Recently, one R package which I like to use for visualizing phylogenetic trees got published. It’s called ggtree, and as you might guess from the name it is based on the popular ggplot2 package. With ggtree, plotting trees in R has become really simple and I would encourage even R beginners to give it a try! When you’ve gotten the hang of it, you can modify and annotate your trees in endless ways to suit your needs.
ggtree supports the two common tree formats Newick and Nexus. It also reads outputs from a range of tree-building software such as BEAST, EPA, HYPHY, PAML, PHYLDOG, pplacer, r8s, RAxML and RevBayes.
library("ape") library("Biostrings") library("ggplot2") library("ggtree") nwk <- system.file("extdata", "sample.nwk", package="ggtree") tree <- read.tree(nwk) tree
After you’ve loaded your tree in R, visualization is really simple. The ggtree function directly plots a tree and support several layouts, such as rectangular, circular, slanted, cladogram, time-scaled, etc.
Add a tree scale.
ggtree(tree) + geom_treescale()
You can easily turn your tree into a cladogram with the branch.length = “none” parameter.
ggtree(tree, layout="circular") + ggtitle("(Phylogram) circular layout")
You can visualize a time-scaled tree by specifying the parameter mrsd (most recent sampling date).
beast_file <- system.file("examples/MCC_FluA_H3.tree", package="ggtree") beast_tree <- read.beast(beast_file) ggtree(beast_tree, mrsd='2013-01-01') + theme_tree2() + ggtitle("Divergence time")
With the groupClade and groupOTU methods you can cluster clades or related OTUs, and assign them different colors for example.
tree <- groupClade(tree, node=c(21, 17)) ggtree(tree, aes(color=group, linetype=group)) + geom_tiplab(aes(subset=(group==2)))
Here’s an example of how to display taxa classifications with groupOTU.
data(chiroptera, package="ape") groupInfo <- split(chiroptera$tip.label, gsub("_\\w+", "", chiroptera$tip.label)) chiroptera <- groupOTU(chiroptera, groupInfo) ggtree(chiroptera, aes(color=group), layout='circular') + geom_tiplab(size=1, aes(angle=angle))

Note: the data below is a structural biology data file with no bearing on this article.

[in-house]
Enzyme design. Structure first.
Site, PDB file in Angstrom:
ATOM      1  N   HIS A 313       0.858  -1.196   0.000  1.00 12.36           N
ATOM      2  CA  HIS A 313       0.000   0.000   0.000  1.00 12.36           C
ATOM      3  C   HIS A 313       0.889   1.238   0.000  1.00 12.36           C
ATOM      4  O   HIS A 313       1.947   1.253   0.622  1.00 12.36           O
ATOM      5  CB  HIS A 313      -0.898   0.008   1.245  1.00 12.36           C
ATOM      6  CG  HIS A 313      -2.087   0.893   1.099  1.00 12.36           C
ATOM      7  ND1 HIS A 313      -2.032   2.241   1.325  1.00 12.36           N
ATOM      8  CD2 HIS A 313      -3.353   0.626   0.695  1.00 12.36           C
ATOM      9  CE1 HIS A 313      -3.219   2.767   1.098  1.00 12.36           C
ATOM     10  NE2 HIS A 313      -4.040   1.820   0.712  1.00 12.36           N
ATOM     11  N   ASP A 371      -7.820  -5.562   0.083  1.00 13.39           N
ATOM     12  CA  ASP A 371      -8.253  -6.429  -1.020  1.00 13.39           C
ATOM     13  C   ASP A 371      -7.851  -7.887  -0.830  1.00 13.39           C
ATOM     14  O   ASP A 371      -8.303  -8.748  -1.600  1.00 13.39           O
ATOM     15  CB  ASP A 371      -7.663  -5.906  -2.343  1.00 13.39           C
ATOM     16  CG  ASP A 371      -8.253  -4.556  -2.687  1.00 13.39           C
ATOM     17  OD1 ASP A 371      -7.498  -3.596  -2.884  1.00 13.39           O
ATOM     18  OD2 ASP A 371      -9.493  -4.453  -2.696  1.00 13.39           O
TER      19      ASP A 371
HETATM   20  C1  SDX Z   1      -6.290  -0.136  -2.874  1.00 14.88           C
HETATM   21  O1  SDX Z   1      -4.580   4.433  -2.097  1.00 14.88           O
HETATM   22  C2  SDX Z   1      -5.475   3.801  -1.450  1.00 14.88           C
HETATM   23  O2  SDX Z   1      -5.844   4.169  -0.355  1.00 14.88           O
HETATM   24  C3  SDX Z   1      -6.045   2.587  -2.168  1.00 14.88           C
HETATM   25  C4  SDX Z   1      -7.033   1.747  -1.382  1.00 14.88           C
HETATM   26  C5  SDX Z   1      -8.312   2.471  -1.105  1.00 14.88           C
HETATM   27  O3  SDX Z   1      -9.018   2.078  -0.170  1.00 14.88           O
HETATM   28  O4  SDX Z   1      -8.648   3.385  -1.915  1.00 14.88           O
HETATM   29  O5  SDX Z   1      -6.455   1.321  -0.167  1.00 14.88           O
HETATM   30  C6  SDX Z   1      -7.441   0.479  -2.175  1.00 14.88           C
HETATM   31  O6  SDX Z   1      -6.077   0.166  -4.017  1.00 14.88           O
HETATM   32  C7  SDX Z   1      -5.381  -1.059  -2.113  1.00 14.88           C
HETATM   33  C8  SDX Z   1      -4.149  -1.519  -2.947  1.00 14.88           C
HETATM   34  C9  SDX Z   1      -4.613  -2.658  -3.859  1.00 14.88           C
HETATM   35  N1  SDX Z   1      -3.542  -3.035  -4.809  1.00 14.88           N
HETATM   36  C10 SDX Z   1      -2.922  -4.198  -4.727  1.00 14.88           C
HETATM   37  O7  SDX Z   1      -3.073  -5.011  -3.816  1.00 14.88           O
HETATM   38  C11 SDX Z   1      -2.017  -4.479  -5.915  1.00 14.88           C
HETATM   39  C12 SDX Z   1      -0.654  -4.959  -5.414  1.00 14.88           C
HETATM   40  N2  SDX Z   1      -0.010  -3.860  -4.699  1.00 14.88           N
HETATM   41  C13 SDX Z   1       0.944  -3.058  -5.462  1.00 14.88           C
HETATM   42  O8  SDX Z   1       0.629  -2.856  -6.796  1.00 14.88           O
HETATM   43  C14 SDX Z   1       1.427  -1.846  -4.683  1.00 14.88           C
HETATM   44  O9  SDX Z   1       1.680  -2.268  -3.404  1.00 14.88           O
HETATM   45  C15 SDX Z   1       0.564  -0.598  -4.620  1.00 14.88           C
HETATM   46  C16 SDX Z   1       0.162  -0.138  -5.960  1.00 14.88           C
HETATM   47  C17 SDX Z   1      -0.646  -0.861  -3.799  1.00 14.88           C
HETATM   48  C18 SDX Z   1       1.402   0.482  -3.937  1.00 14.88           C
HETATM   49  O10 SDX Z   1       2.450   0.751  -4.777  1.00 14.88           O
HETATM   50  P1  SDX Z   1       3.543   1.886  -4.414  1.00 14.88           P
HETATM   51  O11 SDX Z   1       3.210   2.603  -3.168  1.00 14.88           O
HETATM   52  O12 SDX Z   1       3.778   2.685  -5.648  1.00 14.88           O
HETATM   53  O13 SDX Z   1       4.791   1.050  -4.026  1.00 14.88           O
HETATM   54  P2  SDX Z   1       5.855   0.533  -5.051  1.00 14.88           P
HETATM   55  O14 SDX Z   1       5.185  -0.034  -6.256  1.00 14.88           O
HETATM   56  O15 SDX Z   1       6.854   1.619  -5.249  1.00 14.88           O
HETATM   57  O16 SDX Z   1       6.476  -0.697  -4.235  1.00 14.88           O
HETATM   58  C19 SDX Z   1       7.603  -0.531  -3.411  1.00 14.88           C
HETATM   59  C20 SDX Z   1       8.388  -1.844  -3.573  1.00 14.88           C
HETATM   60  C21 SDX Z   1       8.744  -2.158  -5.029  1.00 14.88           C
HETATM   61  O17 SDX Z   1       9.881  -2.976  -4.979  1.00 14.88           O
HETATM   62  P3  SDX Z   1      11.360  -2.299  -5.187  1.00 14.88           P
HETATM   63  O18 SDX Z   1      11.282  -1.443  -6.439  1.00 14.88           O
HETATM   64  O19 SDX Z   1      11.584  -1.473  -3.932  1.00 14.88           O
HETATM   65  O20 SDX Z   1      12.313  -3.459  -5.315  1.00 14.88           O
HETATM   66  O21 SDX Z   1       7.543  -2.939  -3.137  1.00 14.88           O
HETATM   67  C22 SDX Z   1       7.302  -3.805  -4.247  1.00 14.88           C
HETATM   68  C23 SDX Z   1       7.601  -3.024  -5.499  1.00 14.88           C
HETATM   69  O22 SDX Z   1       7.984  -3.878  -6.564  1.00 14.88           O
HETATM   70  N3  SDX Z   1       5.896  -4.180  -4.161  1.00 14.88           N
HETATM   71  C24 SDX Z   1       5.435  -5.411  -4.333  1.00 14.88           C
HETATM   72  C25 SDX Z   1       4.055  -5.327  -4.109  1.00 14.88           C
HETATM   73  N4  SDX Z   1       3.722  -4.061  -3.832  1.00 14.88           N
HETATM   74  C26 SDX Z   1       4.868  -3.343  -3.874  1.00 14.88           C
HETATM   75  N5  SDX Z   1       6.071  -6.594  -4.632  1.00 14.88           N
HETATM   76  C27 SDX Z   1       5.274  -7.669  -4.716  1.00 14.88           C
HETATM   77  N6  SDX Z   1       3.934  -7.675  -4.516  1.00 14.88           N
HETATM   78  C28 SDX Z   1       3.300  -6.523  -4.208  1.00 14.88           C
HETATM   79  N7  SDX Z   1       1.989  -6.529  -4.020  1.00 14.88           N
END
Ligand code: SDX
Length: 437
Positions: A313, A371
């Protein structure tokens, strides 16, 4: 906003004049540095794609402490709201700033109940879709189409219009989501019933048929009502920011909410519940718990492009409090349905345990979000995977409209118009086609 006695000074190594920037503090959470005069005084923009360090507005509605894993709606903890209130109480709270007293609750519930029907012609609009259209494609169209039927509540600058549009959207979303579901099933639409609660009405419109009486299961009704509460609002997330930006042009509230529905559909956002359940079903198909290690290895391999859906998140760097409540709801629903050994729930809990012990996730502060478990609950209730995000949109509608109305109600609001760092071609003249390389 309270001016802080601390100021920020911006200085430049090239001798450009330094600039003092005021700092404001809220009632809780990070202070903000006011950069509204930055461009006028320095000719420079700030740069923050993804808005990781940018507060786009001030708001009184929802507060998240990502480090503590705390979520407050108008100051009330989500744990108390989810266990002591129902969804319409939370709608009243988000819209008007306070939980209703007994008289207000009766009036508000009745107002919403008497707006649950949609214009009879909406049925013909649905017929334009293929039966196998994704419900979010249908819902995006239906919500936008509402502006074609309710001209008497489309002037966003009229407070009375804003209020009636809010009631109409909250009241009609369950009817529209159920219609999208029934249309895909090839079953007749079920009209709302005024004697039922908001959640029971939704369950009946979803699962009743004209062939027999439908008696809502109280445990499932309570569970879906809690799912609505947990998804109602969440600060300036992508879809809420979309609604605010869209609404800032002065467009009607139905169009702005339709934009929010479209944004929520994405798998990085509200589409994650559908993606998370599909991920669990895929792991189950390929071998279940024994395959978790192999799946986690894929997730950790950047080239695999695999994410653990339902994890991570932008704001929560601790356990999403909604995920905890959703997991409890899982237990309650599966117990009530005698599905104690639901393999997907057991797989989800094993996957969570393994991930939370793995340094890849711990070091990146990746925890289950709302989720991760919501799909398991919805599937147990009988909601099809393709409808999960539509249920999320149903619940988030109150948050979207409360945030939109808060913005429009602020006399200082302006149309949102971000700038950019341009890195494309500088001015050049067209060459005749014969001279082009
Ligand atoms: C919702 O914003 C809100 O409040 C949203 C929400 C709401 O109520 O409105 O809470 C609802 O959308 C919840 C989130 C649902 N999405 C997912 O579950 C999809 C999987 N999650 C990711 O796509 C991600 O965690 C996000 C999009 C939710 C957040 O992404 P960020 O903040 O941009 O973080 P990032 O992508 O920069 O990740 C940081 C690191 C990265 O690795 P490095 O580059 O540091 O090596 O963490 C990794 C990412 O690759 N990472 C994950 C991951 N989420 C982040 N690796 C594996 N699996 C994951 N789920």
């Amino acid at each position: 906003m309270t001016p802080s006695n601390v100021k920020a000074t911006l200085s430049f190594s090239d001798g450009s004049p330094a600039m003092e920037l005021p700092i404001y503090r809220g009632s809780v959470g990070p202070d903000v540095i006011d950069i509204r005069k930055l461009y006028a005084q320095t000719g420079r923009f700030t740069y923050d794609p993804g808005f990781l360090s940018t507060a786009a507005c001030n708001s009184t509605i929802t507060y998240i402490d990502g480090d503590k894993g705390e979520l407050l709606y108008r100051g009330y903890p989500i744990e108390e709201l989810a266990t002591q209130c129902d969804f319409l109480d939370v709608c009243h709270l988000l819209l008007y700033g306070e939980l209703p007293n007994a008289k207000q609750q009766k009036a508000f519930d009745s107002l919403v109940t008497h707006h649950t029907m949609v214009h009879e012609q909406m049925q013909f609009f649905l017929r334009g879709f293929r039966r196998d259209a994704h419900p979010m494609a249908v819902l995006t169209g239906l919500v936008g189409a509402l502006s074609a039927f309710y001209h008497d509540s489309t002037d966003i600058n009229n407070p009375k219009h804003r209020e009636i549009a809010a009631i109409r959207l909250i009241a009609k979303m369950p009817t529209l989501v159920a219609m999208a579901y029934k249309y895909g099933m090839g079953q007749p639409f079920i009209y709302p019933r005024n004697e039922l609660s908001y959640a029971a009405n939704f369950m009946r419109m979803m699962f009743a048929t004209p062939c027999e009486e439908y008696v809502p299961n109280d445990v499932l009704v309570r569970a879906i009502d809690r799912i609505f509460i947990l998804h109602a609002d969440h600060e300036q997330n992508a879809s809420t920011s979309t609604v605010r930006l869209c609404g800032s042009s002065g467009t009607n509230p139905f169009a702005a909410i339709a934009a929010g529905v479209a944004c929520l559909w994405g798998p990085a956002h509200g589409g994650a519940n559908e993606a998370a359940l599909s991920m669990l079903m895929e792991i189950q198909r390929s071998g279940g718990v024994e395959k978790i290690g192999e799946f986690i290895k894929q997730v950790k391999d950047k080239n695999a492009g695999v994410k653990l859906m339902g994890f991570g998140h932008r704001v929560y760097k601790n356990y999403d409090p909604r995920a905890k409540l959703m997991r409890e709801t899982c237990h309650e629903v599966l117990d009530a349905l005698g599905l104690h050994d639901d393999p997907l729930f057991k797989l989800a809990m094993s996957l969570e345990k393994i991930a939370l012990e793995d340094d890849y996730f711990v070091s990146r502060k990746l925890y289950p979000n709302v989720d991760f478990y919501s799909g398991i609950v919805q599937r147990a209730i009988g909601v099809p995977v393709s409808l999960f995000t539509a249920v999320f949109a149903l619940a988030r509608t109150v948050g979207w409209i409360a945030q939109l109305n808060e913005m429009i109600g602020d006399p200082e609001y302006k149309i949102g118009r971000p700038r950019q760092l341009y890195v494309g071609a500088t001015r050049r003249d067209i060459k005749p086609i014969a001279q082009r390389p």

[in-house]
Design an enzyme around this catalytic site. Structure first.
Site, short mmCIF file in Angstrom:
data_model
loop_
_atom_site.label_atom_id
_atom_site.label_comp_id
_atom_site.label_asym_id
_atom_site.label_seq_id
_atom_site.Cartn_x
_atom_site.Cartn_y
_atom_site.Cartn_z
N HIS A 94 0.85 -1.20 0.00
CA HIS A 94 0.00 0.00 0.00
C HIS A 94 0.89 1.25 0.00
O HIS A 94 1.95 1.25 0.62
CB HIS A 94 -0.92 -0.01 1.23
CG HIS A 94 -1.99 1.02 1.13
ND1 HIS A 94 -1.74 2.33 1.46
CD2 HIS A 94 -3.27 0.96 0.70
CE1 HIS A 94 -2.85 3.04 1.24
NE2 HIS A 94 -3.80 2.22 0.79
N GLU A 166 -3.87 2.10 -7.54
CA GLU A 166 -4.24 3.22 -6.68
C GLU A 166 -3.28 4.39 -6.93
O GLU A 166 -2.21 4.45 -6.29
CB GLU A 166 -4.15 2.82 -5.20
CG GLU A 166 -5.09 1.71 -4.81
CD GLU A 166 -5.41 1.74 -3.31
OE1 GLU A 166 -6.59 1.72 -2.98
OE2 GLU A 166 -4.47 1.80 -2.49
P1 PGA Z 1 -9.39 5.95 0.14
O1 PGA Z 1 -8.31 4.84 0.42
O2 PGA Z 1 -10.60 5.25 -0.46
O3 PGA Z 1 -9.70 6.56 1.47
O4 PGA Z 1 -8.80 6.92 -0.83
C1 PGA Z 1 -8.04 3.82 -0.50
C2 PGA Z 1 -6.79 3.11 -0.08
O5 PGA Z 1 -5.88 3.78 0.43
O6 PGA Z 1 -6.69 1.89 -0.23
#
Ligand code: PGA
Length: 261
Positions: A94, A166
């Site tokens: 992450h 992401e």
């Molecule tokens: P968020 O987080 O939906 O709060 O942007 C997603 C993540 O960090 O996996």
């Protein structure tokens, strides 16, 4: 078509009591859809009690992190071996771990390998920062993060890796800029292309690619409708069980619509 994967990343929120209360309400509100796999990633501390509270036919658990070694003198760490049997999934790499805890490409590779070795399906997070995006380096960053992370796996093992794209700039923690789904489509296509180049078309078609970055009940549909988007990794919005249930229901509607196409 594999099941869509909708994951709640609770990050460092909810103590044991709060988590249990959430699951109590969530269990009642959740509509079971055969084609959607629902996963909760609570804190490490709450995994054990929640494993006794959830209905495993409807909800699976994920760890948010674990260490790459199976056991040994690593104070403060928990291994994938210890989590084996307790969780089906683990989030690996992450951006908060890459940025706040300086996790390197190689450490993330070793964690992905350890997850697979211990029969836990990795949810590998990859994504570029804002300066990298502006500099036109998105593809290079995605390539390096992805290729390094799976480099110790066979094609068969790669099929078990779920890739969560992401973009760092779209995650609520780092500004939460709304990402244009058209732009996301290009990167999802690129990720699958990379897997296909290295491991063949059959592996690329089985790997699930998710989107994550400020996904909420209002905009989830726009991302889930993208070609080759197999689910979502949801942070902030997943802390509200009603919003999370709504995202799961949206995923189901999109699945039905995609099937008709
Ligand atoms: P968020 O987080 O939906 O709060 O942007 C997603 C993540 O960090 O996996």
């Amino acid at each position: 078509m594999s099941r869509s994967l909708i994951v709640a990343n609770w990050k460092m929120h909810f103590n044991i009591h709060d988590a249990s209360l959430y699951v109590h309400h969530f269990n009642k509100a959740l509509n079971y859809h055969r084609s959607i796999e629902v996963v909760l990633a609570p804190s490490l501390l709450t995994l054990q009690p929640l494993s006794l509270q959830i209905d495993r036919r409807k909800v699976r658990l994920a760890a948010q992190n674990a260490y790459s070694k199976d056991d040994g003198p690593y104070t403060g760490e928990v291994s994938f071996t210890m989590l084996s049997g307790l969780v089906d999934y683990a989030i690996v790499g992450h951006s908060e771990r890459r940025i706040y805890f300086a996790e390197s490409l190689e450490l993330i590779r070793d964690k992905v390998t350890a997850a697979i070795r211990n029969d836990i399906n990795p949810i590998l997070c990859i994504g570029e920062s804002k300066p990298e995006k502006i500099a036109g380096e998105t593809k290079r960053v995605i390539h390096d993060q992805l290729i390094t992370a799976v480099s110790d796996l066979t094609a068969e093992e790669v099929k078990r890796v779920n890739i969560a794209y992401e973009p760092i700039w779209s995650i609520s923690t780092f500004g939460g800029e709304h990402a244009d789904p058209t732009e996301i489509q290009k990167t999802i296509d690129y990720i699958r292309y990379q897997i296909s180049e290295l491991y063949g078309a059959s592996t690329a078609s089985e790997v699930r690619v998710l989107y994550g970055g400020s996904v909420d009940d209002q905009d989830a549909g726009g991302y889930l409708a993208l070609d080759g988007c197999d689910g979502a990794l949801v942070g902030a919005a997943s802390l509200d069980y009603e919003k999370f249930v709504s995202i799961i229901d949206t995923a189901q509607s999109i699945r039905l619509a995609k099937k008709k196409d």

Annotate selected clades in trees.
set.seed(2015-12-21) tree2 = rtree(30) p <- ggtree(tree2) + xlim(NA, 6) p + geom_cladelabel(node=45, label="test label", align=T, color='red') + geom_cladelabel(node=34, label="another clade", align=T, color='blue')
Or perhaps you want to annotate the tree tips with silhouettes of your organisms from the PhyloPic database?
ggtree(tree, branch.length="none") %>% phylopic("9baeb207-5a37-4e43-9d9c-4cfb9038c0cc", color="darkgreen", alpha=.8, node=4) %>% phylopic("2ff4c7f3-d403-407d-a430-e0e2bc54fab0", color="darkcyan", alpha=.8, node=2) %>% phylopic("a63a929b-1b92-4e27-93c6-29f65184017e", color="steelblue", alpha=.8, node=3)
For more functions and help, be sure to check out the ggtree package info on Bioconductor where most of these examples come from. Guangchuang Yu and Tommy Tsan-Yuk Lam have written a great tutorial, highlighting some of the possibilities you can do within this package. If you encounter any problems, be sure to direct your questions to the authors.
If ggtree isn’t your thing, there are of course other ways and packages to plot trees in R. Ethan Linck has previously written a post here on TME about “Quick and dirty tree building in R”.
Yu, G., Smith, D. K., Zhu, H., Guan, Y. and Lam, T. T.-Y. (2017) ggtree: an r package for visualization and annotation of phylogenetic trees with their covariates and other associated data. Methods Ecol Evol, 8: 28–36. doi: 10.1111/2041-210X.12628